Three Feminist Heroes from Fairy Tale Retellings
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By Nikki DeMarco
Modern fairy tales are popping up all over the YA genre. There are the retelling of classics, like Marissa Meyer’s Lunar Chronicles, to original tales like Neil Gaiman’s Coraline and Holly Black’s The Darkest Part of the Forest. Fairy tales are a trend that can’t be ignored. With modern tales changing to fit the 21st century, so are the tropes. Enter the female hero. These girls are not the wallflower women of traditional tales. They aren’t old and evil or in need of saving. These girls find themselves fighting for their planets or parents or towns and don’t wait for someone else to find the solution for them. They build robots, make schemes to save themselves, and slay monsters. These tales make girls integral players in the outcome of the story, not merely prizes to be won. Also, like today’s YA reader, these girls also have internal battles in addition to magical ones. They struggle with identity, feeling loved, and keeping secrets.
Cinder by Marissa MeyerPart-cyborg part-alien Cinder, from Marissa Meyer’s book of the same name, starts a rebellion. Cinder, based loosely on Cinderella, lives with her cruel stepmother is the sole bread winner, working as a repair mechanic. She’s self-taught and builds herself a best friend. Even though she’s an outcast from society because she is part cyborg, after suffering a terrible accident she finds her worth in more than her body’s limitations and stigmas. When the moon queen tries to create an alliance between Earth and Luna by forcing the prince to marry her, Cinder stops the proceedings and starts a counter-insurgent launch to save the planet. She freakin’ builds a revolution with one biological hand and one cyborg one.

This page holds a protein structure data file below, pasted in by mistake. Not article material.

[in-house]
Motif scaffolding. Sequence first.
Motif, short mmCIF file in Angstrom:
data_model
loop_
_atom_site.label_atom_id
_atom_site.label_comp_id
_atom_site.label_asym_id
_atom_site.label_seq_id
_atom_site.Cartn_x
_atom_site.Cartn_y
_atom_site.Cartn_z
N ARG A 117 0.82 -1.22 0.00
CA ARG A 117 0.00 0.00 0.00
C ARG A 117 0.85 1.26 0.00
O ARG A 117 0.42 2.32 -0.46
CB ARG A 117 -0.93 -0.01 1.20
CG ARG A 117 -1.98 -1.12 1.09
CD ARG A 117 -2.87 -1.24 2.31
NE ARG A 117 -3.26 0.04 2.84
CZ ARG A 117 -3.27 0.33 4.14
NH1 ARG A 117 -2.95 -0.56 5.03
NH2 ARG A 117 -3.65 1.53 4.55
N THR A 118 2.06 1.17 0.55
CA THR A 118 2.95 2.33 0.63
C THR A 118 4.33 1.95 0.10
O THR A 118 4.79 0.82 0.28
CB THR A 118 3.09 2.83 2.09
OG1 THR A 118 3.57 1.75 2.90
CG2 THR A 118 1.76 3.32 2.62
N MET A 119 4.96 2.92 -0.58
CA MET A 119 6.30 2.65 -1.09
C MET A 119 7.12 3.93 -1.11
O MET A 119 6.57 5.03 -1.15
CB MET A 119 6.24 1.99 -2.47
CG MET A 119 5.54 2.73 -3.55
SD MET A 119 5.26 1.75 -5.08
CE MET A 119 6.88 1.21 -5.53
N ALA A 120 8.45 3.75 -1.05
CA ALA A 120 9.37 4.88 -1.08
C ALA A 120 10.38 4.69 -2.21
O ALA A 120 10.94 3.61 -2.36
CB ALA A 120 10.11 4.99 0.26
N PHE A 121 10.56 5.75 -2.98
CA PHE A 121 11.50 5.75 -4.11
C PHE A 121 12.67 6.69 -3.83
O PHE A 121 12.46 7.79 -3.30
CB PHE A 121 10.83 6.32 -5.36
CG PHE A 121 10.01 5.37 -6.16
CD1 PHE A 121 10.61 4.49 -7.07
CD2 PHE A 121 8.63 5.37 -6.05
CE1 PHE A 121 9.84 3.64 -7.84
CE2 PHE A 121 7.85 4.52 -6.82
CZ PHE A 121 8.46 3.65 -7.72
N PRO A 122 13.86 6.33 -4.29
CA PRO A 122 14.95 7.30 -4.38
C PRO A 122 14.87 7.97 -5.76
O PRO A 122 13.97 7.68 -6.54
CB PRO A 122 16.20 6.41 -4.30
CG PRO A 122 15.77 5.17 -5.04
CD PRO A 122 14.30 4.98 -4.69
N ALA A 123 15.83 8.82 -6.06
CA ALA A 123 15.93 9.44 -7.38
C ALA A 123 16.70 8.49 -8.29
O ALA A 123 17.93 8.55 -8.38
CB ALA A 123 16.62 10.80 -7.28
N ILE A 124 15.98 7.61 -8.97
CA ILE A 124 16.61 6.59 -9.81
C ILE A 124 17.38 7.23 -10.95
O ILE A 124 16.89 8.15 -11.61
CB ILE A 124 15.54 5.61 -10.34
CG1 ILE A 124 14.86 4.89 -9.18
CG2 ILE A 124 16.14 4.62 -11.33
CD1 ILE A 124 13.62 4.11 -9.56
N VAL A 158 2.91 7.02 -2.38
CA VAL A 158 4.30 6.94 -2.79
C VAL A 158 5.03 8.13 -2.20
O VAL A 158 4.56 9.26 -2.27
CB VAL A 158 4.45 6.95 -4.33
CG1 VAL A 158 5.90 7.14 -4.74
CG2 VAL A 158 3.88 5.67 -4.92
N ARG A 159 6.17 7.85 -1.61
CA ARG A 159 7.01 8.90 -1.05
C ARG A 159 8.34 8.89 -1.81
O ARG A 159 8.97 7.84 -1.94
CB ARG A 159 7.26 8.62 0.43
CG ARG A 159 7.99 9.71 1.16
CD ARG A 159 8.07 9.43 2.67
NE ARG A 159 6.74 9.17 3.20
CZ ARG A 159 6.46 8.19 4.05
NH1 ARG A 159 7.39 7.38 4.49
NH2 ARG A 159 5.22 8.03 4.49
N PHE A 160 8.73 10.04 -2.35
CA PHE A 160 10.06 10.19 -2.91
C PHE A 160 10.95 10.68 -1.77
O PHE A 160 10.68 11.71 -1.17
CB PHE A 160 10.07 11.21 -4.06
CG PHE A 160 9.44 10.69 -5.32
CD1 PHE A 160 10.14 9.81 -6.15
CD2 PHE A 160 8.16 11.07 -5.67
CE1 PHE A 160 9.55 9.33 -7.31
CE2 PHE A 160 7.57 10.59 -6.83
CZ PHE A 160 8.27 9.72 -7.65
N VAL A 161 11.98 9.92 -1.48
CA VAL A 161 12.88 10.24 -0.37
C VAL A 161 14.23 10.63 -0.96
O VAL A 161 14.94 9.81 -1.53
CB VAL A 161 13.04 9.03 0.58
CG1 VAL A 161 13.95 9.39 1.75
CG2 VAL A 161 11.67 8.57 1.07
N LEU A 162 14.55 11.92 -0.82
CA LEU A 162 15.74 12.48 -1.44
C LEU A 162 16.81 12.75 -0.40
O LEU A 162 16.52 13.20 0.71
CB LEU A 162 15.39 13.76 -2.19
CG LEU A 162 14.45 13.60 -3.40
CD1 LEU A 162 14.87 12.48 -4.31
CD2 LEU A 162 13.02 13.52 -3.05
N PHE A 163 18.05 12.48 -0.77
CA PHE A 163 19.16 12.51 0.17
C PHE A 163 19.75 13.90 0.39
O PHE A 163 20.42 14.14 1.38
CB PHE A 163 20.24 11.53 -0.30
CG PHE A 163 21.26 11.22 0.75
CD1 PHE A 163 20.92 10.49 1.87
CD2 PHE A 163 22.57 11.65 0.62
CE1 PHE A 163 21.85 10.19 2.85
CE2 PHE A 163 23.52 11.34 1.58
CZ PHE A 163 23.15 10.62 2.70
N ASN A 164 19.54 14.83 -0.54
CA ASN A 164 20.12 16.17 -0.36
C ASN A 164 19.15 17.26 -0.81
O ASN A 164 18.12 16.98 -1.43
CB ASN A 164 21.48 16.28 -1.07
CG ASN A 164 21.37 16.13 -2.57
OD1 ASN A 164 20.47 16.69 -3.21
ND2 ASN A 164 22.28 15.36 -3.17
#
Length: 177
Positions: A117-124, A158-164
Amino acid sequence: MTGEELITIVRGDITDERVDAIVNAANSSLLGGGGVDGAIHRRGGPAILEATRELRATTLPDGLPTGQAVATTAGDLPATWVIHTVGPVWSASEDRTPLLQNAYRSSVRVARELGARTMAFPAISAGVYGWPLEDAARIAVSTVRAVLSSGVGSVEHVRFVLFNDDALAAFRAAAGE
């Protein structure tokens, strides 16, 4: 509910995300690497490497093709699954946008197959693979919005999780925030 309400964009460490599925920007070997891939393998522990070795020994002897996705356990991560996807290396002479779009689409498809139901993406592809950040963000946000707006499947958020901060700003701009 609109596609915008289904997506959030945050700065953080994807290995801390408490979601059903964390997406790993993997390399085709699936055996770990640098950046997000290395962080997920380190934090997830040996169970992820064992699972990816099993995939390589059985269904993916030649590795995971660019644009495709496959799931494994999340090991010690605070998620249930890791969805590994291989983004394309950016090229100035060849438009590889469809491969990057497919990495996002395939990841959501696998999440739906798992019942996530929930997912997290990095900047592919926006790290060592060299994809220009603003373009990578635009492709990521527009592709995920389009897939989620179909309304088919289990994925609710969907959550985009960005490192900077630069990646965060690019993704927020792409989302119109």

Next, Coraline (from Neil Gaiman’s Coraline) finds a dark parallel universe through a small door in her new house where everything seems better than her current world. She traverses between these worlds without fear. After trying to tell her actual parents about the door, she revisits her other mother and other father and thinks about staying. The attention she doesn’t feel she’s getting but that she deserves in her world, she can find in the parallel one. However, right when Coraline thinks she has made a decision, the other mother kidnaps her real parents. Coraline has to figure out how to save them. She does it with her own cunning, bravery, and new found understanding of the difference between love and attention. Not only does she save her own family, but rescues three children trapped on the other side of the door as well. Remarkable Coraline’s ability to understand true love helps her to conquer the other mother, even after other mother’s hand follows Coraline into the real world, completely on her own. Coraline’s tenacity keeps her family together and her renegade status on lock.
Finally, Hazel from Holly Black’s The Darkest Part of the Forest sleighs monsters, frees princes, and solves riddles to save her town. Fairfold has always been a peculiar place, but the locals never had anything to worry about until recently. People go missing, sleeping horned boys wake up, and tree monsters invade the school, putting dozens into a magical sleep state. When Hazel remembers her childhood games of being a knight, she summons her courage and decides to do what she can to save Fairfold. This decision means that she has to face dark secrets she’s been hiding from her family and herself for years. Fearlessly, she faces faeries, evil kings, and her own insecurities for the greater good. Save Fairfold she does, by being a badass warrior.
Article originally published on BookRiot on July 28, 2015